Building contacts and accessing support
On 23 August, the Royal Society of Chemistry hosted its first early-career chemistry teacher event at Burlington House. This offered teachers at the beginning of their careers the opportunity to network with other teachers and access advice from teacher-support organisations.
Around 45 early career teachers from the UK attended the day, which featured talks from CLEAPSS’ Matt Endean, who spoke about microscale practicals, and University of Sussex teacher trainer Andy Chandler-Grevatt, who explored strategies for managing workload. Christine Marsters from the Education support partnership offered expert advice on developing stress resilience.
‘The retention of science teachers is a huge issue at the moment. In 2016, the National Foundation for Education Research found that 31% of science teachers were considering leaving the profession. We want to help teachers access support during the critical first years of their careers,’ says RSC education executive Becca Parker. ‘We also want to help them network with other teaching professionals who may become crucial contacts as their careers progress.’
Further sessions focused on curriculum enrichment, science capital, effective practical lessons, and ways to support lower-attaining students. The day was ‘really varied’ says David, a teacher from Southampton who attended the event. He adds that it was a ‘great opportunity to talk to others in a similar position. [It was] also amazing to talk to more senior colleagues to see where common pitfalls are.’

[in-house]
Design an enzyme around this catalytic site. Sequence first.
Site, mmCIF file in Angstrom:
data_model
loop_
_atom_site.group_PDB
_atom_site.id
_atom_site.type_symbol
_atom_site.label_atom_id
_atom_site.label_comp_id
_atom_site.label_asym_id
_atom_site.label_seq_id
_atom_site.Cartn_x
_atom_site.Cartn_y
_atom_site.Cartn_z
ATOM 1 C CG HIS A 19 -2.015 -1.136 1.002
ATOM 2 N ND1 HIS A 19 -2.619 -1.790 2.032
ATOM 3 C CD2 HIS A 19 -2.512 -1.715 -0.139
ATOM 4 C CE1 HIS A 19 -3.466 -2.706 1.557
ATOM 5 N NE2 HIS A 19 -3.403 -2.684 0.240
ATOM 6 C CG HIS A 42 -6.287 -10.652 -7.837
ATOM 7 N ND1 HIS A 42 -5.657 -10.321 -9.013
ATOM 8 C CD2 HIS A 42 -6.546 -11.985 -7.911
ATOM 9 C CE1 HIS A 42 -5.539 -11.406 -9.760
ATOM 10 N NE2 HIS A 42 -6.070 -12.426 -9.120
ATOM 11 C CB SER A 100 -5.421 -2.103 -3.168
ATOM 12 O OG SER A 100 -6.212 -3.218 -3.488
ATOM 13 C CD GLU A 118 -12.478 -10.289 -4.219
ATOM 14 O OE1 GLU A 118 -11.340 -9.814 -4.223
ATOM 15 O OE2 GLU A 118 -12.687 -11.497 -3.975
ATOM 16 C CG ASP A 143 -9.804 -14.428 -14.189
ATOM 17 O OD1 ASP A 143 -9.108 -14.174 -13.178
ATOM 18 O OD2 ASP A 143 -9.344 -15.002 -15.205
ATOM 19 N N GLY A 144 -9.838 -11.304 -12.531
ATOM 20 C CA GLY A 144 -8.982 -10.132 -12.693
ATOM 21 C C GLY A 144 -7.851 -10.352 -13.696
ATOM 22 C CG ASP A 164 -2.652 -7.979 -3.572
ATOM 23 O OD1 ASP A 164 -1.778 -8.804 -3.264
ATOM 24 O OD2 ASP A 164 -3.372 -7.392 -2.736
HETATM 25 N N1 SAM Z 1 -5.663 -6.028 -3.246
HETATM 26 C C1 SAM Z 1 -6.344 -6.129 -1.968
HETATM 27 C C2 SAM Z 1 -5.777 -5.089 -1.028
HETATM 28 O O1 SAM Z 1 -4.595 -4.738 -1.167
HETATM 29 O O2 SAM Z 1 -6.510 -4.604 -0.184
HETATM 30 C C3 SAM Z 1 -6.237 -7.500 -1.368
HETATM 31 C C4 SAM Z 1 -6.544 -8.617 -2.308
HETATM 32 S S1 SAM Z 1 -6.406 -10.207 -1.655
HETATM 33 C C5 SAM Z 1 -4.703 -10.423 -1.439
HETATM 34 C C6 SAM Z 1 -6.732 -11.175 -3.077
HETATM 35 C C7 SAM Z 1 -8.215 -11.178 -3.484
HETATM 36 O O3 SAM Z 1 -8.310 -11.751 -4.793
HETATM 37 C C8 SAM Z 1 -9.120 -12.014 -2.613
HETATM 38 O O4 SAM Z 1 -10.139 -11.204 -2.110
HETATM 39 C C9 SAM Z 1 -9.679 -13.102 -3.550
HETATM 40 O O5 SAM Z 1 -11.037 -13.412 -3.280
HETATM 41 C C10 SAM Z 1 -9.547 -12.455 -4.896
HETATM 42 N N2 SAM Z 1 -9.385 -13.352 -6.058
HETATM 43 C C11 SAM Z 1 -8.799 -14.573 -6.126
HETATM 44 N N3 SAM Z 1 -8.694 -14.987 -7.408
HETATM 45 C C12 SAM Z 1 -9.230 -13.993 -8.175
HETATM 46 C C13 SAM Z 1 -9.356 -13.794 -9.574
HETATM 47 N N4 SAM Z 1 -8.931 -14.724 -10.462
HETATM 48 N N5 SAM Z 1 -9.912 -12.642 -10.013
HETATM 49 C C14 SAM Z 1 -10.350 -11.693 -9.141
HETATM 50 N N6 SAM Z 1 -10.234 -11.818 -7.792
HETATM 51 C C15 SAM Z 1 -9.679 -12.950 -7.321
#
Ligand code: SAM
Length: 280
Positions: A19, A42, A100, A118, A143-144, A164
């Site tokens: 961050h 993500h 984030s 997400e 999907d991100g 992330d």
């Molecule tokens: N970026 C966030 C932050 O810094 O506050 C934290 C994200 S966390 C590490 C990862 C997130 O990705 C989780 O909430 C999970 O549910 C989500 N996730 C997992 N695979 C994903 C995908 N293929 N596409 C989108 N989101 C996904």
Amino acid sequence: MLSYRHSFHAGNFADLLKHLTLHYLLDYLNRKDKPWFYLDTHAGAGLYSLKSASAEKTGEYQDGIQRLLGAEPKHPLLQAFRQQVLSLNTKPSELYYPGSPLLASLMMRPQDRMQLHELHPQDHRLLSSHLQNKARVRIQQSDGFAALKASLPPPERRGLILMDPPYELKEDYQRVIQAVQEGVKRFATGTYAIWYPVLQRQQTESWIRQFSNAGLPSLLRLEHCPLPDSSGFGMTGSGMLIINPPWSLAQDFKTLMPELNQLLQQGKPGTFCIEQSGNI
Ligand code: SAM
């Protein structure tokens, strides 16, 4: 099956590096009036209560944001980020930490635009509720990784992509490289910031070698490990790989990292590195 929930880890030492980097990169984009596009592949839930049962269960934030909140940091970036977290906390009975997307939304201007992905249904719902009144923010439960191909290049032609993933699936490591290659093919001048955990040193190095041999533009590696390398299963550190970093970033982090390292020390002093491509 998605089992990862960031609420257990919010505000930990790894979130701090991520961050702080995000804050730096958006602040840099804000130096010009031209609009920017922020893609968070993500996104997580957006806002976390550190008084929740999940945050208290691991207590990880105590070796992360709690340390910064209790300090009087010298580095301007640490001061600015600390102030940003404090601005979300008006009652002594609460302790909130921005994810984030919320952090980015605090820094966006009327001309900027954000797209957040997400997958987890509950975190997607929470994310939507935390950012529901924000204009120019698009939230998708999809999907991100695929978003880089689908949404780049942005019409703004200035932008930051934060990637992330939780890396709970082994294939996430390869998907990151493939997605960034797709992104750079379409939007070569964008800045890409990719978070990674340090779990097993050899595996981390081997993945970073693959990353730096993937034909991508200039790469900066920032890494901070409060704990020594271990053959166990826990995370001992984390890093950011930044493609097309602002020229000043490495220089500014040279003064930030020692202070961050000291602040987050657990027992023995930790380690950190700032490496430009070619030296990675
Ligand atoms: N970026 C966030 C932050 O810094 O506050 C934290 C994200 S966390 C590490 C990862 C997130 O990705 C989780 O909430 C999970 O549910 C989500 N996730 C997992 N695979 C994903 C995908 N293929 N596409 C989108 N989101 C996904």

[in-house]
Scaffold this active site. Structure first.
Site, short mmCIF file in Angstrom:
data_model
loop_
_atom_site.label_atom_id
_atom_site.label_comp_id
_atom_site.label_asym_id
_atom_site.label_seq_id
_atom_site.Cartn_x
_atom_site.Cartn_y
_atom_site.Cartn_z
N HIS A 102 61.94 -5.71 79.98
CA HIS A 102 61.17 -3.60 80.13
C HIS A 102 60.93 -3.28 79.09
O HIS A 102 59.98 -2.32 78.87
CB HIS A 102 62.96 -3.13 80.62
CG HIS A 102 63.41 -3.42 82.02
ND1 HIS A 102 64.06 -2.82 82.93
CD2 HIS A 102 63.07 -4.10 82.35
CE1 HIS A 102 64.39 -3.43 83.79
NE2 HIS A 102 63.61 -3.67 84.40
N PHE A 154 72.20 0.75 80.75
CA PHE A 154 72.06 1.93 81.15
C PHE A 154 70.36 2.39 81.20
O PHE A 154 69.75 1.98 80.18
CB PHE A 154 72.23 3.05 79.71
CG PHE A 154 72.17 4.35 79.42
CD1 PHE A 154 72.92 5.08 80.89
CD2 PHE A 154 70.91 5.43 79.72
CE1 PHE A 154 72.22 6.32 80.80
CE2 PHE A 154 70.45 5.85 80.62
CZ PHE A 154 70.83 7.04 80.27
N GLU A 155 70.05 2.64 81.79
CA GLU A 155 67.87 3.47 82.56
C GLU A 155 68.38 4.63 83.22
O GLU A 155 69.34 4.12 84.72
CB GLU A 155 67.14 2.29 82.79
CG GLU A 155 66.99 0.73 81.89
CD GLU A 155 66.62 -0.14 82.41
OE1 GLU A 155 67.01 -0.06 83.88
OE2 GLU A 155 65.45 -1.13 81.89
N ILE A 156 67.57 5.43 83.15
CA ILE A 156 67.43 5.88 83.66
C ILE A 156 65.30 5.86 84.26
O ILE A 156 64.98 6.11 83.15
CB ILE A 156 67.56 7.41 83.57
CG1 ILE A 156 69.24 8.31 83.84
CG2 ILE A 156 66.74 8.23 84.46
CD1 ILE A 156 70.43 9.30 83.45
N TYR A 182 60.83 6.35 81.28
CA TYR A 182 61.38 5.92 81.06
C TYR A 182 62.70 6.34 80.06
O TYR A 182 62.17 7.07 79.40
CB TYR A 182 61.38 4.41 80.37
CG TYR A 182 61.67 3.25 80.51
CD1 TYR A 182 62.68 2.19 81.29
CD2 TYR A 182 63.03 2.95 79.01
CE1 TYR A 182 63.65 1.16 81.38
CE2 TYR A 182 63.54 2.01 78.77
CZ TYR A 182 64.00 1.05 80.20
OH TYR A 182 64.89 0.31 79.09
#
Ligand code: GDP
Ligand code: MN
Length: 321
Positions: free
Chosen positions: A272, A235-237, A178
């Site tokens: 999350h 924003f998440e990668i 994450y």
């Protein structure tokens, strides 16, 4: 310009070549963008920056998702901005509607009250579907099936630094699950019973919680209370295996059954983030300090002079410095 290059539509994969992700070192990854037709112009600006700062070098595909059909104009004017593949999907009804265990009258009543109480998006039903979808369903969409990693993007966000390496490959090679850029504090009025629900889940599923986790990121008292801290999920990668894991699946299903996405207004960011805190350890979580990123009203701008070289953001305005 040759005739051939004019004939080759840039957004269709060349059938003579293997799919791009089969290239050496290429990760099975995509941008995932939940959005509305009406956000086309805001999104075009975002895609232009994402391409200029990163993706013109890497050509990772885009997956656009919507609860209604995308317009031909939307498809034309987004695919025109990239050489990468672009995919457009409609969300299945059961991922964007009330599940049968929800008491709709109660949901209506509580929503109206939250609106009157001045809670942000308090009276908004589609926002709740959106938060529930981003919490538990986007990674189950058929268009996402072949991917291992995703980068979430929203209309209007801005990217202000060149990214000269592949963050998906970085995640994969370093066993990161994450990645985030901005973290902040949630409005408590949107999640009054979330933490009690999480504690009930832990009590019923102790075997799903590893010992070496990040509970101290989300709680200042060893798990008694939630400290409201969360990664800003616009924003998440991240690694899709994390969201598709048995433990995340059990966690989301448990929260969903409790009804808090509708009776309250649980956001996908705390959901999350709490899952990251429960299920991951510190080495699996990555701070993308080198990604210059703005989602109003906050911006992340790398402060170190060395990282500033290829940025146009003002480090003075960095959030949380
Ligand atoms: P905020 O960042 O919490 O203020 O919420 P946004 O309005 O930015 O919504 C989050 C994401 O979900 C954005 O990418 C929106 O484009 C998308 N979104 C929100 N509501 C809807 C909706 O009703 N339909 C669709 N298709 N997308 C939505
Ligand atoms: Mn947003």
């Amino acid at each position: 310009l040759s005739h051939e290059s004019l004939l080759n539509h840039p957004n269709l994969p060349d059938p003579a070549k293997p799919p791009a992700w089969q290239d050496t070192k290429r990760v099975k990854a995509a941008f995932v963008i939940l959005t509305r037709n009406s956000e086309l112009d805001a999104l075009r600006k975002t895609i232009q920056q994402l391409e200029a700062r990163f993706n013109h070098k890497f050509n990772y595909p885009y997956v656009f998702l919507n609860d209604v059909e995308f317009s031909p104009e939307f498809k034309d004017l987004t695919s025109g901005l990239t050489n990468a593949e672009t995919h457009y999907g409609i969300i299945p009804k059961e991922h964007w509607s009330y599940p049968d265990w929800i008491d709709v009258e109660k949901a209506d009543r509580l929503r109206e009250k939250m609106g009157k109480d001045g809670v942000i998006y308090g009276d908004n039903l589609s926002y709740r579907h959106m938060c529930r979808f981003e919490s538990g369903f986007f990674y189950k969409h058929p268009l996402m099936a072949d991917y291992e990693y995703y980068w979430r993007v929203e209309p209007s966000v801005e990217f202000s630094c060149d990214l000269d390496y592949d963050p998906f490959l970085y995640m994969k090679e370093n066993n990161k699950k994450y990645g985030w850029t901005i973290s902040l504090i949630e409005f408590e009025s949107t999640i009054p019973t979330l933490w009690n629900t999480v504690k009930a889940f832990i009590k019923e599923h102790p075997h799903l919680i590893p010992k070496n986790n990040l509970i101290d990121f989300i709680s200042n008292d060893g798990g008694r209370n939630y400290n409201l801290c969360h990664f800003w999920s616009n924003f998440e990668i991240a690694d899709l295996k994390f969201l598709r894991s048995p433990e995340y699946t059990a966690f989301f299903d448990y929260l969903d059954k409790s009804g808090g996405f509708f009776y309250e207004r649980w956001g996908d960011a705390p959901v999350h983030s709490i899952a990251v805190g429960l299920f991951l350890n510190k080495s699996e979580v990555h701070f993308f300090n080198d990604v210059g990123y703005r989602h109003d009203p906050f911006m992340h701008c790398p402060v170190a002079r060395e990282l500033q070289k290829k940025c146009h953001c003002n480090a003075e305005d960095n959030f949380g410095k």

‘It was worthwhile attending the event to connect with teachers at the early stage of their careers,’ says Naoko from London. ‘It was great to find out a wide range of information on managing workload [and] seeking help on stress related issues … I certainly feel less anxious to start [the new term].’
‘We hope all of the attendees found the event useful,’ adds Becca. ‘The feedback has been really positive and will help inform our planning. We can’t wait to host more early-career chemistry teachers in the near future.’